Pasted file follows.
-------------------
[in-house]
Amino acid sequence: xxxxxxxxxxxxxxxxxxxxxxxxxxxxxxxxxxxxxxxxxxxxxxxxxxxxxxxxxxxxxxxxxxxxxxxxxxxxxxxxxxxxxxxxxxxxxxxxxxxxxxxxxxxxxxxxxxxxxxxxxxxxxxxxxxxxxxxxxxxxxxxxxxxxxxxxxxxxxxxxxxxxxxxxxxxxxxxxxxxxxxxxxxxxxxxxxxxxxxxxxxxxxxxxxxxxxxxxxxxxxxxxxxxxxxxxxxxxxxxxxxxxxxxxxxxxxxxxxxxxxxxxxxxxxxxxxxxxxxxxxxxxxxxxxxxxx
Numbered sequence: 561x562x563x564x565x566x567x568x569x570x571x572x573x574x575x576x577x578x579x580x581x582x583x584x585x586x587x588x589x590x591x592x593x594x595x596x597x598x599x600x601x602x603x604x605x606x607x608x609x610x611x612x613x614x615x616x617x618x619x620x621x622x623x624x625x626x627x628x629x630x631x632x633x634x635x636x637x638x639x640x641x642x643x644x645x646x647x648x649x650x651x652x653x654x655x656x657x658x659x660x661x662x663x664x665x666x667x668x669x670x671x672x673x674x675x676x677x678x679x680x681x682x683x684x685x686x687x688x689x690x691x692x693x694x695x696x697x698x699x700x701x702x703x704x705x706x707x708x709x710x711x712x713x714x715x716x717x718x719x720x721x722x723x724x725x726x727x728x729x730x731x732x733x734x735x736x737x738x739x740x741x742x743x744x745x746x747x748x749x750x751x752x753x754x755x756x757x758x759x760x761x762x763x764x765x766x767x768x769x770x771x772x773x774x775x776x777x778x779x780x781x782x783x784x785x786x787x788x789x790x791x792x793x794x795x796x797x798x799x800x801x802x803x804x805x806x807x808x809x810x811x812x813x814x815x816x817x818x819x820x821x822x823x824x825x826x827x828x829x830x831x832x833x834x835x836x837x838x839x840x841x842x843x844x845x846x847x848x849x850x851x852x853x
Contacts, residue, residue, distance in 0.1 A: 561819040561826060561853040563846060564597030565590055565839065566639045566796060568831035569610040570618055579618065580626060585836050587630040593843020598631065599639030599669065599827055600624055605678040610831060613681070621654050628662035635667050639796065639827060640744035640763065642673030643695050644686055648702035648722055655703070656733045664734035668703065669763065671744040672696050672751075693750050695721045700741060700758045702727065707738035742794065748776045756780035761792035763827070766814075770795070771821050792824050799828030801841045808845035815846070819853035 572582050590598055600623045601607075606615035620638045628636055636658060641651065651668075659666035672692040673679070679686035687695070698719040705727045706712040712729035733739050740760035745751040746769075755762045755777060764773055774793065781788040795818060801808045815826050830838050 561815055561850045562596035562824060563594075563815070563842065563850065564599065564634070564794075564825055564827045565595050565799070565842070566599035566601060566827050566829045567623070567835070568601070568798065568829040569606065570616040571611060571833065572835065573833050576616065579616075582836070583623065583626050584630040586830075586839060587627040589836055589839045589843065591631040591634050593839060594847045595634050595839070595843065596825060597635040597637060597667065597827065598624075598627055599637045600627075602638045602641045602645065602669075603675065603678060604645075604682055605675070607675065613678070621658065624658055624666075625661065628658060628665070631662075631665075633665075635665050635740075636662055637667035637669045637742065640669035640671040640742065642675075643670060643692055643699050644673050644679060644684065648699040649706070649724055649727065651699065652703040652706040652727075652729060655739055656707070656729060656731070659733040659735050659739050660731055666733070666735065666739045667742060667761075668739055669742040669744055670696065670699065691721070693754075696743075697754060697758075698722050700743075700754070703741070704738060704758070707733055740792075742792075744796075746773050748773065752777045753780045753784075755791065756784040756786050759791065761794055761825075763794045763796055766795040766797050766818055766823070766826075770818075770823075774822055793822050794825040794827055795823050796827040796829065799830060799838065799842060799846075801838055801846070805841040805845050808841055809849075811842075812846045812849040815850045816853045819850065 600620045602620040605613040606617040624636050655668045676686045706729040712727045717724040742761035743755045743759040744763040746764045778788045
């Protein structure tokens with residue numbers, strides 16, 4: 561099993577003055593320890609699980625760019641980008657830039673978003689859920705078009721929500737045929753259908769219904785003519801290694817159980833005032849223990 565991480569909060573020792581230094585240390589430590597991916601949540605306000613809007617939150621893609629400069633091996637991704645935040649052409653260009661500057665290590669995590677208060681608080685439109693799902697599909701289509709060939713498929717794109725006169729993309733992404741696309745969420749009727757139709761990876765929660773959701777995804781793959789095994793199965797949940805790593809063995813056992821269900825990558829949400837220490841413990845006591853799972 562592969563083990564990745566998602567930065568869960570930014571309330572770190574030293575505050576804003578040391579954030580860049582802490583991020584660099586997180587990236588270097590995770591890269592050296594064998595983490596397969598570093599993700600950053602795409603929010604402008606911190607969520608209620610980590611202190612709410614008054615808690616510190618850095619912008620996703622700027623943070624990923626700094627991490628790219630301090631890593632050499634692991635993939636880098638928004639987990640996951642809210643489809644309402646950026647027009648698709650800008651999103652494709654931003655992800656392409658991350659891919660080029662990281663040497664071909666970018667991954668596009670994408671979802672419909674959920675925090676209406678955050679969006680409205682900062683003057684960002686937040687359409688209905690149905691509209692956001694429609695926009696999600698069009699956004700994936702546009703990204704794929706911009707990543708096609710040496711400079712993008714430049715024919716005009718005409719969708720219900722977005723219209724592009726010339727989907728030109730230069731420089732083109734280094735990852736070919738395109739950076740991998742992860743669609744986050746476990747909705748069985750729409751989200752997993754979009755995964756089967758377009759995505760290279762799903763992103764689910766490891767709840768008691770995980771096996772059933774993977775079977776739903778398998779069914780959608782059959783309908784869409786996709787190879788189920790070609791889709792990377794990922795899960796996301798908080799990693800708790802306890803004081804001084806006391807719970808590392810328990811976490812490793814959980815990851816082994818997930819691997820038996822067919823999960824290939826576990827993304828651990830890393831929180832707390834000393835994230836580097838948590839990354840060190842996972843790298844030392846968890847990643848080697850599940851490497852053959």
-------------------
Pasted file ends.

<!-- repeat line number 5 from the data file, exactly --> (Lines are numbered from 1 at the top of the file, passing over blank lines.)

């Protein structure tokens with residue numbers, strides 16, 4: 561099993577003055593320890609699980625760019641980008657830039673978003689859920705078009721929500737045929753259908769219904785003519801290694817159980833005032849223990 565991480569909060573020792581230094585240390589430590597991916601949540605306000613809007617939150621893609629400069633091996637991704645935040649052409653260009661500057665290590669995590677208060681608080685439109693799902697599909701289509709060939713498929717794109725006169729993309733992404741696309745969420749009727757139709761990876765929660773959701777995804781793959789095994793199965797949940805790593809063995813056992821269900825990558829949400837220490841413990845006591853799972 562592969563083990564990745566998602567930065568869960570930014571309330572770190574030293575505050576804003578040391579954030580860049582802490583991020584660099586997180587990236588270097590995770591890269592050296594064998595983490596397969598570093599993700600950053602795409603929010604402008606911190607969520608209620610980590611202190612709410614008054615808690616510190618850095619912008620996703622700027623943070624990923626700094627991490628790219630301090631890593632050499634692991635993939636880098638928004639987990640996951642809210643489809644309402646950026647027009648698709650800008651999103652494709654931003655992800656392409658991350659891919660080029662990281663040497664071909666970018667991954668596009670994408671979802672419909674959920675925090676209406678955050679969006680409205682900062683003057684960002686937040687359409688209905690149905691509209692956001694429609695926009696999600698069009699956004700994936702546009703990204704794929706911009707990543708096609710040496711400079712993008714430049715024919716005009718005409719969708720219900722977005723219209724592009726010339727989907728030109730230069731420089732083109734280094735990852736070919738395109739950076740991998742992860743669609744986050746476990747909705748069985750729409751989200752997993754979009755995964756089967758377009759995505760290279762799903763992103764689910766490891767709840768008691770995980771096996772059933774993977775079977776739903778398998779069914780959608782059959783309908784869409786996709787190879788189920790070609791889709792990377794990922795899960796996301798908080799990693800708790802306890803004081804001084806006391807719970808590392810328990811976490812490793814959980815990851816082994818997930819691997820038996822067919823999960824290939826576990827993304828651990830890393831929180832707390834000393835994230836580097838948590839990354840060190842996972843790298844030392846968890847990643848080697850599940851490497852053959």